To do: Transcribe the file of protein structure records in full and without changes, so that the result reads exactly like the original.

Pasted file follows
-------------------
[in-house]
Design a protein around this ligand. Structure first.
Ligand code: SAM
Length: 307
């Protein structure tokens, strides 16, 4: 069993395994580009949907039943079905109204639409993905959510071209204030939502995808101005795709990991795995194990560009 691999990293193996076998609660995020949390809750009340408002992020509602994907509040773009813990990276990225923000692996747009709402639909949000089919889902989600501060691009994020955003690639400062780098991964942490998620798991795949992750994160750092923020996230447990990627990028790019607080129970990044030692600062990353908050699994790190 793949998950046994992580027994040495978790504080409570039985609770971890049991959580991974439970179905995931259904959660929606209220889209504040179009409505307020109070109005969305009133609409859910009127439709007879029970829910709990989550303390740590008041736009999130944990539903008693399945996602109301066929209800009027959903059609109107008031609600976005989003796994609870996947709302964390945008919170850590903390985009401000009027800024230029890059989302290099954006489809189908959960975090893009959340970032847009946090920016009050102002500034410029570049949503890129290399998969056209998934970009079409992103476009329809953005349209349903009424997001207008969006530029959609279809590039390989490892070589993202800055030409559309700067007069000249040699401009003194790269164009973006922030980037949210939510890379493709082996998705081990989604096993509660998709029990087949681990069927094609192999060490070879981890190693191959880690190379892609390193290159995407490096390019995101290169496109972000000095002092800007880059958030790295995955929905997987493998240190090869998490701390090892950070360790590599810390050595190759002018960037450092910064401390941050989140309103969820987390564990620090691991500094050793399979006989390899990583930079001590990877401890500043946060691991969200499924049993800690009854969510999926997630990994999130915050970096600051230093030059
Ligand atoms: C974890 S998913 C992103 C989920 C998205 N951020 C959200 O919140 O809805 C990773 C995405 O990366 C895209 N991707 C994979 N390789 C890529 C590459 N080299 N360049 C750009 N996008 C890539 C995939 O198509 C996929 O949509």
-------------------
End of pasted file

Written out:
[in-house]
Design a protein around this ligand. Structure first.
Ligand code: SAM
Length: 307
């Protein structure tokens, strides 16, 4: 069993395994580009949907039943079905109204639409993905959510071209204030939502995808101005795709990991795995194990560009 691999990293193996076998609660995020949390809750009340408002992020509602994907509040773009813990990276990225923000692996747009709402639909949000089919889902989600501060691009994020955003690639400062780098991964942490998620798991795949992750994160750092923020996230447990990627990028790019607080129970990044030692600062990353908050699994790190 793949998950046994992580027994040495978790504080409570039985609770971890049991959580991974439970179905995931259904959660929606209220889209504040179009409505307020109070109005969305009133609409859910009127439709007879029970829910709990989550303390740590008041736009999130944990539903008693399945996602109301066929209800009027959903059609109107008031609600976005989003796994609870996947709302964390945008919170850590903390985009401000009027800024230029890059989302290099954006489809189908959960975090893009959340970032847009946090920016009050102002500034410029570049949503890129290399998969056209998934970009079409992103476009329809953005349209349903009424997001207008969006530029959609279809590039390989490892070589993202800055030409559309700067007069000249040699401009003194790269164009973006922030980037949210939510890379493709082996998705081990989604096993509660998709029990087949681990069927094609192999060490070879981890190693191959880690190379892609390193290159995407490096390019995101290169496109972000000095002092800007880059958030790295995955929905997987493998240190090869998490701390090892950070360790590599810390050595190759002018960037450092910064401390941050989140309103969820987390564990620090691991500094050793399979006989390899990583930079001590990877401890500043946060691991969200499924049993800690009854969510999926997630990994999130915050970096600051230093030059
Ligand atoms: C974890 S998913 C992103 C989920 C998205 N951020 C959200 O919140 O809805 C990773 C995405 O990366 C895209 N991707 C994979 N390789 C890529 C590459 N080299 N360049 C750009 N996008 C890539 C995939 O198509 C996929 O949509």